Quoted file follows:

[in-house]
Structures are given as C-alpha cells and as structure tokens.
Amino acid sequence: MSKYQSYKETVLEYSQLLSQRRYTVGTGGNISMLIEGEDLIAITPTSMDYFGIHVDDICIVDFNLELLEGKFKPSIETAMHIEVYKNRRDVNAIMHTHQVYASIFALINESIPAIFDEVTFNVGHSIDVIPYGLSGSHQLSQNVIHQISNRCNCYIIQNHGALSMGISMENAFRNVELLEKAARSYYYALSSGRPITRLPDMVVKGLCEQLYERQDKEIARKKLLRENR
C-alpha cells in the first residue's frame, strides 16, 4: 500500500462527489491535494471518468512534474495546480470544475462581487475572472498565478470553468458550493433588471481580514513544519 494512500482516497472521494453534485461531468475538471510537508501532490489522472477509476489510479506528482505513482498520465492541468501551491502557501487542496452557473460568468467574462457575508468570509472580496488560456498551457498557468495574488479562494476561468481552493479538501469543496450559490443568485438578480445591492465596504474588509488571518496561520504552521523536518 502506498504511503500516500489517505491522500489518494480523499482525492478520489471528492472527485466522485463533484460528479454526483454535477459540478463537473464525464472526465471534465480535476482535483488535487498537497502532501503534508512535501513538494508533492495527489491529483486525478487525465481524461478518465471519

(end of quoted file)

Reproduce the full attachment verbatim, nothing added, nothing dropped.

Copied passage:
[in-house]
Structures are given as C-alpha cells and as structure tokens.
Amino acid sequence: MSKYQSYKETVLEYSQLLSQRRYTVGTGGNISMLIEGEDLIAITPTSMDYFGIHVDDICIVDFNLELLEGKFKPSIETAMHIEVYKNRRDVNAIMHTHQVYASIFALINESIPAIFDEVTFNVGHSIDVIPYGLSGSHQLSQNVIHQISNRCNCYIIQNHGALSMGISMENAFRNVELLEKAARSYYYALSSGRPITRLPDMVVKGLCEQLYERQDKEIARKKLLRENR
C-alpha cells in the first residue's frame, strides 16, 4: 500500500462527489491535494471518468512534474495546480470544475462581487475572472498565478470553468458550493433588471481580514513544519 494512500482516497472521494453534485461531468475538471510537508501532490489522472477509476489510479506528482505513482498520465492541468501551491502557501487542496452557473460568468467574462457575508468570509472580496488560456498551457498557468495574488479562494476561468481552493479538501469543496450559490443568485438578480445591492465596504474588509488571518496561520504552521523536518 502506498504511503500516500489517505491522500489518494480523499482525492478520489471528492472527485466522485463533484460528479454526483454535477459540478463537473464525464472526465471534465480535476482535483488535487498537497502532501503534508512535501513538494508533492495527489491529483486525478487525465481524461478518465471519